I think in these instances, the victim is a bit shocked and distressed, I imagine it's hard to think through things like whether you want to press charges, especially when you're a bit overwhelmed with the event and then with the protocols that follow. In the early days of HIV, I had a needle stick in the ER, there was no protocol then and my on-the-spot decision, challenged by no one on my team, was to not get prophylaxis. Who can think then? (I fortunately didn't get HIV or Hepatitis)

Clink works in a forensic hospital -- You have to be violent and very sick to get in -- people with non-violent crimes are sent to state hospitals. People stay for years, this is not a standard community population. And the person who assaulted her is not HER patient, but someone she didn't know who approached her as she was leaving the unit.

Stay strong, Clink!

Joel Hassman, MD said...

Per Clink's comment above, exactly, and if patients see there are no consequences from violence, and let's have a moment of candor here, there is at least a 50% likelihood the patient is planning this for at least some period of time, so, no charge equals validation.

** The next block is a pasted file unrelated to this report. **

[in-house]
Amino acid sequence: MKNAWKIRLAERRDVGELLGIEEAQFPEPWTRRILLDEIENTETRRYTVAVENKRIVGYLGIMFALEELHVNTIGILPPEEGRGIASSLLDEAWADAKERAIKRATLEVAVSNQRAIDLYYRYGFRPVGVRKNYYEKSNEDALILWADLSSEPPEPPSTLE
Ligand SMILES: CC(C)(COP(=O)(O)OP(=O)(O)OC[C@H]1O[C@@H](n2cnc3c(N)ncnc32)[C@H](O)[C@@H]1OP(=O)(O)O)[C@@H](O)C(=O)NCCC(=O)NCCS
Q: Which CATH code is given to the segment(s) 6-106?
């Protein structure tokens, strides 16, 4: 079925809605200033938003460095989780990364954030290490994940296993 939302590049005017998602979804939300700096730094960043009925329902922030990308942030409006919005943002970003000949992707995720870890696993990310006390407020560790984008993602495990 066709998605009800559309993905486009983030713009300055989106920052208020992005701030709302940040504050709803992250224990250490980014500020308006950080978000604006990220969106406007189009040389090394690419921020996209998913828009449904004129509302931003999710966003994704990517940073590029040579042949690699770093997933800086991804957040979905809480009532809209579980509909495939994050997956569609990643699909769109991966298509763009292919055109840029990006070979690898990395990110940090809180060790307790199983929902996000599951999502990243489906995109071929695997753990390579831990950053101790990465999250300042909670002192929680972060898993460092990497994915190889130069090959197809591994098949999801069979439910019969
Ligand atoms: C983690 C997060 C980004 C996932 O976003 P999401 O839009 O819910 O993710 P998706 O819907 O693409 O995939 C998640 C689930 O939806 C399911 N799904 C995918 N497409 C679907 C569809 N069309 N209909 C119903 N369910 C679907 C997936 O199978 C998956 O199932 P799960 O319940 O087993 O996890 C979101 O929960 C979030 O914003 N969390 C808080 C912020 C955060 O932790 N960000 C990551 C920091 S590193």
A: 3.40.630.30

When nurses who were repeatedly being assaulted at an inpatient site I worked at started filing charges against the Perkins folks who thought they could rule by intimidation, the assaults dropped precipitously within the next 6 months. Oh, so did the Perkins folks getting sent back to Perkins.

Also, the people most at risk on units are THE PATIENTS who are simply psychiatric in admission most often. Yes, the nurses are more at risk than docs, but, we have to protect everybody, so, if someone really doesn't have the boundaries to participate in their treatment plan, how many assaults are tolerated before a more stringent environment is needed?

Forensics does not belong with general psychiatry until proven otherwise. Maybe your unit does not fit that opinion, but many others do.